Women’s Words
Natalie Dessay And Philippe Cassard

Reviewer's rating

Natalie Dessay was one of the wonders of the opera world. Who can forget her ‘Doll’s Song’ Contes d’Hoffman) in Paris? (Do watch it on YouTube!) Or La Fille du Régiment, Sonnambula, Lucia – the list is endless. When she suddenly retired from opera in 2013 at 48, the opera world was shocked.  She continues to give recitals, and will retire with a farewell tour in 2025 when she is 60.

It is therefore an exceptional occasion to hear her again, in the relaxed venue of Milton Court in Silk Street.

A recital is an intimate form of communication for a singer. The art song, is all about the artistry. There is no orchestra to paint the picture, just the piano. The singer creates the story.

The German first half was dedicated to women composers – Fanny Mendelssohn, Clara Schumann and Alma Mahler. Fanny Mendlessohn’s ‘Dämmrung senkte sich von oben’ started hesitantly. Silk Street was an apt venue, because Dessay wove delicate phrasing like spun silk, especially in ‘Vorwurf’. This song can drag and the top note on ‘denkst’, instead of popping out as I have heard, was beautifully within the seamless phrasing. By the third song, Suleika, Dessay was warmed up and immersed in the characters.

In the Clara Schumann songs, Dessay used the language expressively, for example tenderness for ‘schätze’. ‘Sie liebten sich beide’ was sung with a slower tempo than usual, which suited Dessay’s interpretation.  ‘Warum willst du and’re fragen’ was sung as a mini-aria. This led perfectly into the thrilling ‘er ist gekommen’, another mini-aria, where Dessay mingled dramatic phrases with gorgeous pianissimi. It worked especially well in the Alma Mahler songs, in particular the description ‘in meines Vaters Garten’. She is a good storyteller.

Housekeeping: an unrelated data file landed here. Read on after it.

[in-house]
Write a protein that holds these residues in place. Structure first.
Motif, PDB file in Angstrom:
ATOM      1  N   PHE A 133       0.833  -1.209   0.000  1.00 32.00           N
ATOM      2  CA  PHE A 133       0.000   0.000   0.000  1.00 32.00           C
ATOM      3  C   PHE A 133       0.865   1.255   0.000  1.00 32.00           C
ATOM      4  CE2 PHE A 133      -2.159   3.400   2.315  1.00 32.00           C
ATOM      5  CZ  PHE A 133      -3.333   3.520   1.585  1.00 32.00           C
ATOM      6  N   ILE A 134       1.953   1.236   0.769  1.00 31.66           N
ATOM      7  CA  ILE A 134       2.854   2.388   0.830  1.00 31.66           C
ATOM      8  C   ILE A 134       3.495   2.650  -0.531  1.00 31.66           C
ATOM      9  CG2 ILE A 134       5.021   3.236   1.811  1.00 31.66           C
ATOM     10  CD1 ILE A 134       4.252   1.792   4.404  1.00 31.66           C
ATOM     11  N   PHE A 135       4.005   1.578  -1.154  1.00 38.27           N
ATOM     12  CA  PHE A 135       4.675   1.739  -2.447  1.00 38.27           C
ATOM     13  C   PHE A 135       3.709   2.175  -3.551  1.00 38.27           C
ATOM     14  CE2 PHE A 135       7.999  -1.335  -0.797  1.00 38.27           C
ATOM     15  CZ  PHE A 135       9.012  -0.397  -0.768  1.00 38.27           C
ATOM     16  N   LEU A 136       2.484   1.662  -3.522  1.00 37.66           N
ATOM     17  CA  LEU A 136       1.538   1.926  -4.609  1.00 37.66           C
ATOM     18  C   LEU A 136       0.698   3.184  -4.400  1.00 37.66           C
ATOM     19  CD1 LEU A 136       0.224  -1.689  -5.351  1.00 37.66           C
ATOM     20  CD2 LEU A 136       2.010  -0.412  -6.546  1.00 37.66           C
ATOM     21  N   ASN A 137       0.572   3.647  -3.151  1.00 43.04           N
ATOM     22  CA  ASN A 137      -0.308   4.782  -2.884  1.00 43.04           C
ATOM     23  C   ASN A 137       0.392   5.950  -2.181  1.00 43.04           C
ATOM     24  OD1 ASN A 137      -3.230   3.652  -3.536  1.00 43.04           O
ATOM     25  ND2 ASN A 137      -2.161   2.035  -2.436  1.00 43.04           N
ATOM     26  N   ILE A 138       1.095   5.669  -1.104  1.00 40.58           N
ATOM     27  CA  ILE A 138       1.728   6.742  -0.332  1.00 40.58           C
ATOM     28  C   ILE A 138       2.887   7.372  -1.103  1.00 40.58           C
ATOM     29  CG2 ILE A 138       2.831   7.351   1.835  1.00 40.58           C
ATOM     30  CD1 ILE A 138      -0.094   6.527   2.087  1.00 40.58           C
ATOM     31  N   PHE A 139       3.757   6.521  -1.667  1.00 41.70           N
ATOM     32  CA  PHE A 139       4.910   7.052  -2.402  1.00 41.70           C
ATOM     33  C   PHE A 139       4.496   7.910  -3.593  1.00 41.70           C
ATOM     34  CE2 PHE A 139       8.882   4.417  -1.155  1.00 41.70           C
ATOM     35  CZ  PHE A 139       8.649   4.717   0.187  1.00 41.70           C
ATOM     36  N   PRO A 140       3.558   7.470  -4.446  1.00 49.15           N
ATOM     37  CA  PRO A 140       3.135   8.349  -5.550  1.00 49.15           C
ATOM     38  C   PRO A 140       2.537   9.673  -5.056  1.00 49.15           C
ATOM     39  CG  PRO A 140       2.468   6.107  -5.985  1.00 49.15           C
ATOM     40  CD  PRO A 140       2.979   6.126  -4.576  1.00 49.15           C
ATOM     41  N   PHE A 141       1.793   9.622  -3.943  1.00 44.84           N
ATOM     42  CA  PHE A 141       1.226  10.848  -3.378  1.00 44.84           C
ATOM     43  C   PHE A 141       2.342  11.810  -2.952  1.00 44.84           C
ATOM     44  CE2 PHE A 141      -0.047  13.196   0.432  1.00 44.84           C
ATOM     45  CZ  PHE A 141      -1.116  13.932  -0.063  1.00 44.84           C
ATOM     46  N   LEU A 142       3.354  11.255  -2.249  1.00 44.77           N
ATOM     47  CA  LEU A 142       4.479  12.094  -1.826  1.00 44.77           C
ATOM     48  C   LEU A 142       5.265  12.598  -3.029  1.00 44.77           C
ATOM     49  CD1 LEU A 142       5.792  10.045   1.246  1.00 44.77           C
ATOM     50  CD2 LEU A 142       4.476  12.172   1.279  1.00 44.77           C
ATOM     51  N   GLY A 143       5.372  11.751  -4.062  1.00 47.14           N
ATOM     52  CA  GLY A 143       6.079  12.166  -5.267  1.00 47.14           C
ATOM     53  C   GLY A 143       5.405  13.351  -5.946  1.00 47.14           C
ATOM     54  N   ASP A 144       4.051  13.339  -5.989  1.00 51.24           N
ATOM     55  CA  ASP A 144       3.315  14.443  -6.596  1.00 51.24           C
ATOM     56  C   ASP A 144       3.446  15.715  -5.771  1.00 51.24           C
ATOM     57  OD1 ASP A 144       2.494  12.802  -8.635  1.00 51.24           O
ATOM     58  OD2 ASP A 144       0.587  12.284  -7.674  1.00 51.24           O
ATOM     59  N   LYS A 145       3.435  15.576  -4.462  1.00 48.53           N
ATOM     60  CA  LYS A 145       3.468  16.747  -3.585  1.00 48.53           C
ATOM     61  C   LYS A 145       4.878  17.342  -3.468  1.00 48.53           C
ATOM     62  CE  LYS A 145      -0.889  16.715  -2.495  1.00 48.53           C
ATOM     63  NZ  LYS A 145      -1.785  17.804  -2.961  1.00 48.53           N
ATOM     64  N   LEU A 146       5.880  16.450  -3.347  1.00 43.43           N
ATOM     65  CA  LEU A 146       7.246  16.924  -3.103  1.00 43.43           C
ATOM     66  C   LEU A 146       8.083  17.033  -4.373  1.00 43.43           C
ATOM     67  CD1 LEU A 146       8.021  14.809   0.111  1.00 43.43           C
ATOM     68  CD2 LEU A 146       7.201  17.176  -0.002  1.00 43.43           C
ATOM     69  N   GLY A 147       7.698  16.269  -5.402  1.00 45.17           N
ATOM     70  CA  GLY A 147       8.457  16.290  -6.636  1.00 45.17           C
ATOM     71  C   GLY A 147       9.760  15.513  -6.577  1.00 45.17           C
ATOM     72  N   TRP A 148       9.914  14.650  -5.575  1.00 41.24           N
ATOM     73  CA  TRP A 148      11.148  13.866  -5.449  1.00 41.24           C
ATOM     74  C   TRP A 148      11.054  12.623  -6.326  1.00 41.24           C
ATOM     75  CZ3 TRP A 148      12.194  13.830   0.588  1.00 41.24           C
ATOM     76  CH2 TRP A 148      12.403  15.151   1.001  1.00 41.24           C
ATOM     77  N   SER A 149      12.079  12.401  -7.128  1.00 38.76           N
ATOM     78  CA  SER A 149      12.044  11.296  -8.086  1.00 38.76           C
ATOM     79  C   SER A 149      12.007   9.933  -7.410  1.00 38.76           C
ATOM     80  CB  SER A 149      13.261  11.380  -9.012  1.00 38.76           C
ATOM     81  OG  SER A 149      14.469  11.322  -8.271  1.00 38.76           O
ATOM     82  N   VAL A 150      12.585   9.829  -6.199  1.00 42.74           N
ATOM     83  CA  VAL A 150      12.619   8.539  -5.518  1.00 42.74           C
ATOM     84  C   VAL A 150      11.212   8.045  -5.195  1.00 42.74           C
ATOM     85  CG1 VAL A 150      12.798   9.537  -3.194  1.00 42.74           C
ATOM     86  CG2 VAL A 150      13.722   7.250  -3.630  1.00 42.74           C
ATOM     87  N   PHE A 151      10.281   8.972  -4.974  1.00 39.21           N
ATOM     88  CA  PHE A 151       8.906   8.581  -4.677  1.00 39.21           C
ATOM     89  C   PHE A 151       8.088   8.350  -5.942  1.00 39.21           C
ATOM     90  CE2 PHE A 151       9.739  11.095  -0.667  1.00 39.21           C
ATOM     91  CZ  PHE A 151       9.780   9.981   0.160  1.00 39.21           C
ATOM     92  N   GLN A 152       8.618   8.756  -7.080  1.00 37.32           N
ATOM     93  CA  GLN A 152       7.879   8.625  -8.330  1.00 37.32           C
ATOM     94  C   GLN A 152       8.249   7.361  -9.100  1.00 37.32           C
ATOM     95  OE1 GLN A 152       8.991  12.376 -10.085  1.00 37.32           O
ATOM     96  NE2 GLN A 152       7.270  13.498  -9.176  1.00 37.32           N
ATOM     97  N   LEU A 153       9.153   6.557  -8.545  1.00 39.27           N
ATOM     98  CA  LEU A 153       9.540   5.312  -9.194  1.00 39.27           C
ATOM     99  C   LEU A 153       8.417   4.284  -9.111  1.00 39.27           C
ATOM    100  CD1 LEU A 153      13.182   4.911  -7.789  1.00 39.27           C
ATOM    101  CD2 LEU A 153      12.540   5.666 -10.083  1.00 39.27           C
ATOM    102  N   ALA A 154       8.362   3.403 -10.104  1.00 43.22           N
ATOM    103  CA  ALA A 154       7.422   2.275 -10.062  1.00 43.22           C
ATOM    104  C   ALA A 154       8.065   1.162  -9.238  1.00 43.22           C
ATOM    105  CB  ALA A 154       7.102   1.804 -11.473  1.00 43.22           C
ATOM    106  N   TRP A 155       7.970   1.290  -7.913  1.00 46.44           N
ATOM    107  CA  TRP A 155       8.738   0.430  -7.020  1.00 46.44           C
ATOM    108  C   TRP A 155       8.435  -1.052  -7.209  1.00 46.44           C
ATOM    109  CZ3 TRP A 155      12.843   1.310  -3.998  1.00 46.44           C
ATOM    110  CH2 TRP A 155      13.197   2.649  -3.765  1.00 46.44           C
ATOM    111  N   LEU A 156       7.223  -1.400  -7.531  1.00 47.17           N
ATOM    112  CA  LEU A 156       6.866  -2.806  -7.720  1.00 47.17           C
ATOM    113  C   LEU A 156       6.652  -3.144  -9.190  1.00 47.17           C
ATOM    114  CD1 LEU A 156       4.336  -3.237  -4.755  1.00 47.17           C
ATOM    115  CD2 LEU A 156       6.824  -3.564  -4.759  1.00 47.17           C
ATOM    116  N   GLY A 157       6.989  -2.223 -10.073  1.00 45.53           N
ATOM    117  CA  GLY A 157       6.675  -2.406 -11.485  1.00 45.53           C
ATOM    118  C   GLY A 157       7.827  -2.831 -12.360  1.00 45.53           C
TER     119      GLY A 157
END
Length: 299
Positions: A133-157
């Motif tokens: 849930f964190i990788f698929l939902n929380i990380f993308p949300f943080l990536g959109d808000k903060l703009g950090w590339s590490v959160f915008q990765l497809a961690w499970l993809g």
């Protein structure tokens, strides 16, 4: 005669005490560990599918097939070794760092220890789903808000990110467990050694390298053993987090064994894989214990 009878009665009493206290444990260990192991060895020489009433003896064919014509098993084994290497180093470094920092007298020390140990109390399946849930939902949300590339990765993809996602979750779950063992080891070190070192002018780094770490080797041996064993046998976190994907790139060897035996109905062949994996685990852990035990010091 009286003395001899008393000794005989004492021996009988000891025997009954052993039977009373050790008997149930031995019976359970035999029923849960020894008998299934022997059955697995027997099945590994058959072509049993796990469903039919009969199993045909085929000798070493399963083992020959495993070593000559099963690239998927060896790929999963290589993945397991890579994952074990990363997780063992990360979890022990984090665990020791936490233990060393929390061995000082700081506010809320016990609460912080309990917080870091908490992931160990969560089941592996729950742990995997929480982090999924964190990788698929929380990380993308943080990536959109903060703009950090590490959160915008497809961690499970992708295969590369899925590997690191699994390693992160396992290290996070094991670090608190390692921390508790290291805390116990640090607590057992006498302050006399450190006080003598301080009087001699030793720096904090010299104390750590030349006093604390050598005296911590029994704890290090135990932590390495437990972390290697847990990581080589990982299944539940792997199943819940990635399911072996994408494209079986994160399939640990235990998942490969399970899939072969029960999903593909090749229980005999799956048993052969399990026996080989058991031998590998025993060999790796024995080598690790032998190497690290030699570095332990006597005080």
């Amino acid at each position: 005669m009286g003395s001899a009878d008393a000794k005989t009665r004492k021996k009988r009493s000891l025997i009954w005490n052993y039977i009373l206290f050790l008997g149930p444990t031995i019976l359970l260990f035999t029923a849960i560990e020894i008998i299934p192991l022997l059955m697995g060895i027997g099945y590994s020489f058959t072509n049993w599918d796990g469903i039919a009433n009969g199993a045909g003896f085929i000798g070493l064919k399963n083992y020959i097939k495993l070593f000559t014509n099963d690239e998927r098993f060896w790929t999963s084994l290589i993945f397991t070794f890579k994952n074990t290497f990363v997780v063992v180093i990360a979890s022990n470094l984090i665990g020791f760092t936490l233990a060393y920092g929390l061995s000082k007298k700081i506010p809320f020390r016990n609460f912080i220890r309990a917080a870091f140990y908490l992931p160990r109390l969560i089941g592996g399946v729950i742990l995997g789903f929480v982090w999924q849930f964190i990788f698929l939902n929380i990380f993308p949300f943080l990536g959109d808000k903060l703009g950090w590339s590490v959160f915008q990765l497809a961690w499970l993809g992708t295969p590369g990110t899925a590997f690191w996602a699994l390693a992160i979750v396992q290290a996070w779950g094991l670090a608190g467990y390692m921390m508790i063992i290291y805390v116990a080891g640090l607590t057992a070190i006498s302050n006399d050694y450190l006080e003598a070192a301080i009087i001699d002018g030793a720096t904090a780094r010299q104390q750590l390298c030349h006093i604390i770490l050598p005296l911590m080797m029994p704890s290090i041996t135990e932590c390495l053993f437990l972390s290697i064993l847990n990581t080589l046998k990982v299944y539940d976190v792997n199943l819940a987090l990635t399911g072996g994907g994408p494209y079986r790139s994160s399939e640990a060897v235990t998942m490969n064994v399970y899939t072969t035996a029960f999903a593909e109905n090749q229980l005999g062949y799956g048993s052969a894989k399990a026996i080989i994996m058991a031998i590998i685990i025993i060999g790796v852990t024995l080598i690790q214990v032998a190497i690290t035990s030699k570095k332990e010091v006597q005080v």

The French second half, in Dessay’s native language, Dessay lifted off.  Chausson’s tragic Chanson perpétuelle, allowed Dessay to paint a powerful picture of quivering young love betrayed, which was gorgeously descriptive. Poulenc’s La dame de Monte-Carlo was a party piece, sung with great theatricality. There are similarities with La Voix Humaine, written three years before.  At the end, she went to the front of the stage, and held the final Ca-(rlo), starting with the tiniest sound, and building it forever. Yes, she still has the breath control. This was her pièce de resistance.

Then followed three arias. I did not see the point of the short extract from Debussy’s Pelléas and Melisande. ‘Pleurez mes yeux’ from Massenet’s Le Cid, is tough to pull off.  Callas sang it with such dramatic intensity, that a lighter voice like Dessay’s cannot do. It is better suited to a more dramatic voice, but nonetheless heartfelt. The official programme ended with ‘Ah! je ris’ from Gounod’s Faust.  The first ‘ah’ was sung with a ppp staccato perfectly. Dessay came into her own with the repertoire which has always suited her best, showing perfect coloratura and excitement when Marguerite finds the jewels.

A recital always has built-in encores, so it was a disappointment that Cassard had forgotten to bring the scores! I have been to many recitals, and never seen this before. ‘Tu m’a donné le plus doux rêve from Lakmé was the only encore, accompanied with basic chords, allowing Dessay to show off her still amazing top note technique. Then that was it. A programme which should have been nearly two hours, lasted 95 minutes. Had we heard La Dame de Monte Carlo again, everyone would have left happy, instead of slightly disappointed.

It was still wonderful to hear Dessay again. She does wriggle around a little too much, but that is her way of performing. She also possesses the best vocal palette of pianissimi I have ever heard.